Thursday, August 13, 2015

Sierra Club Responds to DEP Draft Final Rulemaking for Oil and Gas Operations

August 12, 2015

Joanne Kilgour, Director, Sierra Club Pennsylvania Chapter, 412-965-9973,
Thomas Au, Conservation Chair, Sierra Club Pennsylvania Chapter, 717-234-7445

Sierra Club Responds to DEP Draft Final Rulemaking for Oil and Gas Operations

Governor Wolf has promised to ensure that Pennsylvania’s government would be open and transparent  and to regulate oil and gas drilling activities to ensure that operations would be conducted safely. Today, the Department of Environmental Protection (DEP) and DEP Secretary Quigley followed through on the promise of openness and transparency, and announced some of the changes to how it will regulate oil and gas activities.

The Pennsylvania Sierra Club thanks DEP for the thorough and meaningful public participation process that led to this draft final rule, and applauds the administration for taking steps to limit fracking pits and impoundments. “Waste impoundments are a significant pollution threat and create dangerous conditions for public health and the environment,”  Chapter Director Joanne Kilgour stated. “We support provisions that prevent operators from using open pits for storage of dangerous substances, including wastewater, drill cuttings, and substances (like gels and cement) that return to the surface after fracking.  Many spills, leaks, and incidents involving pits have occurred which have contaminated water, soil, and air.”  The regulations will require containment of regulated substances, but does not totally ban open impoundments.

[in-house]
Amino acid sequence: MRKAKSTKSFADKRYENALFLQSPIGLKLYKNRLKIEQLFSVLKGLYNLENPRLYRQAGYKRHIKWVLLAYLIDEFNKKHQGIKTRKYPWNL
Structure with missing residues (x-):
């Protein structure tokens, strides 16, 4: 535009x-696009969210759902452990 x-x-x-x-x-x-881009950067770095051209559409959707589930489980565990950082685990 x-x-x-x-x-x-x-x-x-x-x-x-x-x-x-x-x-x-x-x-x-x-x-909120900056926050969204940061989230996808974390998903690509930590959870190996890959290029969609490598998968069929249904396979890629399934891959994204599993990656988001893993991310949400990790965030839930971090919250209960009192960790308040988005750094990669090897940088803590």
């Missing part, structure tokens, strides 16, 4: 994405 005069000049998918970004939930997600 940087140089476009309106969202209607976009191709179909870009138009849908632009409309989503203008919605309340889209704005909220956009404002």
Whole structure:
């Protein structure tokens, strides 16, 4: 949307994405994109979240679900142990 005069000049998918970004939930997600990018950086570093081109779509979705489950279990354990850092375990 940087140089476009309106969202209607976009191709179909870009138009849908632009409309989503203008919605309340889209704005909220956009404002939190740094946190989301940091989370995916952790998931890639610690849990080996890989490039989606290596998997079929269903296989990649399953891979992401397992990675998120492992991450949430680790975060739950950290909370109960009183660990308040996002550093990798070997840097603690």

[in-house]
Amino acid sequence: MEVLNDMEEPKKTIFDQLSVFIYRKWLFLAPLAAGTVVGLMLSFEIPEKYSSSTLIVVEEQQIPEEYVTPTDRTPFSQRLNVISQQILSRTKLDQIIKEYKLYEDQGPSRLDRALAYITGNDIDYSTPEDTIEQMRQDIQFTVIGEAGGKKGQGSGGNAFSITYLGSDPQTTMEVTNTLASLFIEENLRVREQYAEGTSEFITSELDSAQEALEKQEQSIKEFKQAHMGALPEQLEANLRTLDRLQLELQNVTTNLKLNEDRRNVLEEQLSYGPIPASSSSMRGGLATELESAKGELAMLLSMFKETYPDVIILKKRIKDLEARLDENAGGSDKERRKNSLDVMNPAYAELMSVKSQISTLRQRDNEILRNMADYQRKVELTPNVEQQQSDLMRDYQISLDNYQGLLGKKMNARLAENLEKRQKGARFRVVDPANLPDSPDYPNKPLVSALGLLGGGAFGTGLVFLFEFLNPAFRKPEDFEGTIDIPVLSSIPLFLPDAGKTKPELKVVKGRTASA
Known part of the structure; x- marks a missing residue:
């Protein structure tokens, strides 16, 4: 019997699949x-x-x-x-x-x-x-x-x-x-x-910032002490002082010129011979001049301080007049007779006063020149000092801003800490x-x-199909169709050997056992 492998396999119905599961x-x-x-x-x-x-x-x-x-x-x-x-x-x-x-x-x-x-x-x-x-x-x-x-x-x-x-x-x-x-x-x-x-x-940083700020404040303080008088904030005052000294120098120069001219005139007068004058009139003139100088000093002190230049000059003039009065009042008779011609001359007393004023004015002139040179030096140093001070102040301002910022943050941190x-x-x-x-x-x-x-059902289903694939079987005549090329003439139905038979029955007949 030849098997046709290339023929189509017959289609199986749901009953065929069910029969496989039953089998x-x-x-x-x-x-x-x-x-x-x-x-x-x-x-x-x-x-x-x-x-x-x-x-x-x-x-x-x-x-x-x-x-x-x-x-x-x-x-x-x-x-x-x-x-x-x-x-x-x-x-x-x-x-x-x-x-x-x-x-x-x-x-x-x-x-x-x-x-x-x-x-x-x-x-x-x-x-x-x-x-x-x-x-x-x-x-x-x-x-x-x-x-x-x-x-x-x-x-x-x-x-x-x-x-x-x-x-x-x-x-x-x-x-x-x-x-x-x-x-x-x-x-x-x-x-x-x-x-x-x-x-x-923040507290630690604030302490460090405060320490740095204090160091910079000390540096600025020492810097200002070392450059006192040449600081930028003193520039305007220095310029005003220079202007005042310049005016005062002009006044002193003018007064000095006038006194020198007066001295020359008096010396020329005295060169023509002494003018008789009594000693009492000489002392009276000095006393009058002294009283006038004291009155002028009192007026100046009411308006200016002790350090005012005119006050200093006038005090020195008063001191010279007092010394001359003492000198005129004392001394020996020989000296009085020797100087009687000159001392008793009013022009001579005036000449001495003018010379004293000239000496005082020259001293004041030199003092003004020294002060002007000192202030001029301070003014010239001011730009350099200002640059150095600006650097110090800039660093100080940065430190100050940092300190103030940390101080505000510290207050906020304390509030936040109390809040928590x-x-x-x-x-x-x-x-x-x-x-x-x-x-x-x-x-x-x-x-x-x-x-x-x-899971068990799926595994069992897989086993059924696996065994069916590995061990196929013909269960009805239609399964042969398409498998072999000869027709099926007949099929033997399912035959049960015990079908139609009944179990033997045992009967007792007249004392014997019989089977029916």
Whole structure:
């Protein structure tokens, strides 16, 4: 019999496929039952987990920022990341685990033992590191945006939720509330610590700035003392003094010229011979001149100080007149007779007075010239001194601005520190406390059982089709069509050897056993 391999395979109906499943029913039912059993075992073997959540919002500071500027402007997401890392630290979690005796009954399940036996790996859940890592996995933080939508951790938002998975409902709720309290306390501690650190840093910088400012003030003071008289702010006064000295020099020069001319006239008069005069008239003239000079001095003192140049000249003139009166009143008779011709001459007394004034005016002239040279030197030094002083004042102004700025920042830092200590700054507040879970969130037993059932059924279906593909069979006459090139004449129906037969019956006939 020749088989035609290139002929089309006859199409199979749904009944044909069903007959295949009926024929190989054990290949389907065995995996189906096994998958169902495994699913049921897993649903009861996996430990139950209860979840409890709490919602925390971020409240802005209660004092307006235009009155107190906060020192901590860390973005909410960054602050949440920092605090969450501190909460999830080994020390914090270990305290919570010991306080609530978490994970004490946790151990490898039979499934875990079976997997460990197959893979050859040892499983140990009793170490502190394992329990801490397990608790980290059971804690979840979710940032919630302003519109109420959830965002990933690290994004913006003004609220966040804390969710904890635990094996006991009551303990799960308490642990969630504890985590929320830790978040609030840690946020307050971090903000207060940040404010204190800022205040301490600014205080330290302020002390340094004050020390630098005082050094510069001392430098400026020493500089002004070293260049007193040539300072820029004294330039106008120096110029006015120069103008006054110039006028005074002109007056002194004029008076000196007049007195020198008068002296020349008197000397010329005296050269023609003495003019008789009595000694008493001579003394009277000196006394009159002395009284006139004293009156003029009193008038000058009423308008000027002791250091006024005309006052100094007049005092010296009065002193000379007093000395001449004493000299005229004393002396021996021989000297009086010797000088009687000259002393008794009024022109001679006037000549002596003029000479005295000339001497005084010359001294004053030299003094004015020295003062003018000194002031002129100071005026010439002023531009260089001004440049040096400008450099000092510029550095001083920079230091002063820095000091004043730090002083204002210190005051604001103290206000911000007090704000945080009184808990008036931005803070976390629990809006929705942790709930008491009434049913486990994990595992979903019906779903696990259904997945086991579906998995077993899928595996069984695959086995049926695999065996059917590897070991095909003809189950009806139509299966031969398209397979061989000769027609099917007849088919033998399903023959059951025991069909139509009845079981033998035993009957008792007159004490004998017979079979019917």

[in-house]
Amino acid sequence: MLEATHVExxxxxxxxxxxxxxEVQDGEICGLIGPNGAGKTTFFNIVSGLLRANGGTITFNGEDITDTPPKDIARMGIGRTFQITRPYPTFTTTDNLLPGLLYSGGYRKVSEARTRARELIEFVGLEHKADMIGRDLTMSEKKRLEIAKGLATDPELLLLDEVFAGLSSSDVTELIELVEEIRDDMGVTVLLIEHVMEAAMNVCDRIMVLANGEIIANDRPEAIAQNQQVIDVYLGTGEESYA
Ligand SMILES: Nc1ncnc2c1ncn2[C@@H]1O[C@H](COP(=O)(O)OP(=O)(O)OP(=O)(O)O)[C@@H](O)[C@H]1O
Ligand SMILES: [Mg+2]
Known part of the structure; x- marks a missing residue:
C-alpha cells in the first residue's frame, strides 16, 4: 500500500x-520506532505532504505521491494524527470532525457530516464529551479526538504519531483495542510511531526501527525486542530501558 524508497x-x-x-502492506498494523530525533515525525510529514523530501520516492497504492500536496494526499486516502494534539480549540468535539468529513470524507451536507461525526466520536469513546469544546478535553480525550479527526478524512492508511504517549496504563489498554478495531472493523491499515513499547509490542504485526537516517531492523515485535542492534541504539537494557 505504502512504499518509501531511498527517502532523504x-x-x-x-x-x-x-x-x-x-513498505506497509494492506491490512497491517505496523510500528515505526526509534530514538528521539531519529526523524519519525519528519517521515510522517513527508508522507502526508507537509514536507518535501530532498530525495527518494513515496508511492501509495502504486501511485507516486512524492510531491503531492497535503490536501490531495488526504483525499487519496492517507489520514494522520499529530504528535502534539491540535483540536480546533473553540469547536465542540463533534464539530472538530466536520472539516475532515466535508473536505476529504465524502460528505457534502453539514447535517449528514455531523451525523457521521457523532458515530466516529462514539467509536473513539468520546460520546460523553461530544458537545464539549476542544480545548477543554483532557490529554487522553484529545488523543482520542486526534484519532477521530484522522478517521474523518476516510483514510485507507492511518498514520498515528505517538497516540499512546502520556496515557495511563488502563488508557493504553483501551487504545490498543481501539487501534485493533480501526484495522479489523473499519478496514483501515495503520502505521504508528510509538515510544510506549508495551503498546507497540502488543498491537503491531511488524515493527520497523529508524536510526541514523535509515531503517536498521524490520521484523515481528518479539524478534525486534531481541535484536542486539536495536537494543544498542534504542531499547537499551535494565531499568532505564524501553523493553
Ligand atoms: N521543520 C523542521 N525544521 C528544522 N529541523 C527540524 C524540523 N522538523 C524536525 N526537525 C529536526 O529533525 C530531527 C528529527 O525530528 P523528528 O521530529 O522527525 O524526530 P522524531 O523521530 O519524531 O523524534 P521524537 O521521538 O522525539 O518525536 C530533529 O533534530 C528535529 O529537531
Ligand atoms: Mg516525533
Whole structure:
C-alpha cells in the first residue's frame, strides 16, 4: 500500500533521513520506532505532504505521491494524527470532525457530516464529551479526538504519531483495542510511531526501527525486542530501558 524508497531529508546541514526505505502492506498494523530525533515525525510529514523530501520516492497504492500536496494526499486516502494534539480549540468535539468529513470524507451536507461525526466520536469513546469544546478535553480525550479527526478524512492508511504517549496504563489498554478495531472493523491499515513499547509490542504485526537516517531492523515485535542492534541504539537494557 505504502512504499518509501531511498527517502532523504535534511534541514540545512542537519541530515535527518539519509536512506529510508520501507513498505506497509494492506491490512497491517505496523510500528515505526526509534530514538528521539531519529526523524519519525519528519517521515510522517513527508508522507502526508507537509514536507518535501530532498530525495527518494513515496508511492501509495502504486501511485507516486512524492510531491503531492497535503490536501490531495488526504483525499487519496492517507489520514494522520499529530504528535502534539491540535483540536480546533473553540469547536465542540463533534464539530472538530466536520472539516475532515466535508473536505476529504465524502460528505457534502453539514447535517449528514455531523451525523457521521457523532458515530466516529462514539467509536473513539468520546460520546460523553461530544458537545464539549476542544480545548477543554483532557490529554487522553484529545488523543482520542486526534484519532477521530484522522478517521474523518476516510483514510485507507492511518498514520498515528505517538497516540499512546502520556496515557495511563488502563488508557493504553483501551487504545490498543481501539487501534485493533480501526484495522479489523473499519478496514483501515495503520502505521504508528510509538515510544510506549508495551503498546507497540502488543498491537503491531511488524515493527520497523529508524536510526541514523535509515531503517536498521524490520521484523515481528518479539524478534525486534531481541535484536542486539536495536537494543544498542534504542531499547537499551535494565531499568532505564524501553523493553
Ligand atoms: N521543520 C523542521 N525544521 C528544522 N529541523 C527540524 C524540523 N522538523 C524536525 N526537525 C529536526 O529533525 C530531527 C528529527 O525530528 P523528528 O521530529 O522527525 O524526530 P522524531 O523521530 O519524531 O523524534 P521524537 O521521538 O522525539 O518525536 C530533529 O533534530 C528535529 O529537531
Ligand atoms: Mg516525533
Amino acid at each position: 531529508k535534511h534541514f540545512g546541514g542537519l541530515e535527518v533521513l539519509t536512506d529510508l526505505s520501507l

However, the Sierra Club remains concerned that the administration will not keep oil and gas operations at least one mile from schools and playgrounds and will not follow through to regulate noise pollution. The draft final regulations only require drilling activities to be a mere 200 feet from schools and playgrounds.  Schools, playgrounds, medical facilities, and nursing homes are public resources which should be protected from hazardous industrial activities, and in the interest of transparency we will seek a full explanation from DEP for its decision to establish such a small setback.  “Our children and those in need of medical attention require protection from oil and gas operations and  such a small protected area will not be sufficiently protective of their health. We will continue to seek additional protections for schools, playgrounds, and medical facilities.” stated Ms. Kilgour.

“Regulations to protect the public are long overdue”  stated Thomas Au, Conservation Chair for the Pennsylvania Sierra Club. “The degradation of our air, water, and health have been a fact of life since the drilling boom began several years ago. Pennsylvania is long past the time of continued debate on whether oil and gas activities impact health. Instead, there is an urgent need to face realities on the ground and fix critical problems, such as failures to immediately notify public officials of spills and leaks.”

The Sierra Club will continue to work with the administration to adopt oil and gas regulations that are fully protective of the public, and looks forward to the inclusion of public health in future regulatory packages. DEP has received significant input from both the public and the regulated community on these changes, and DEP must be empowered to move quickly to finalize these regulations.


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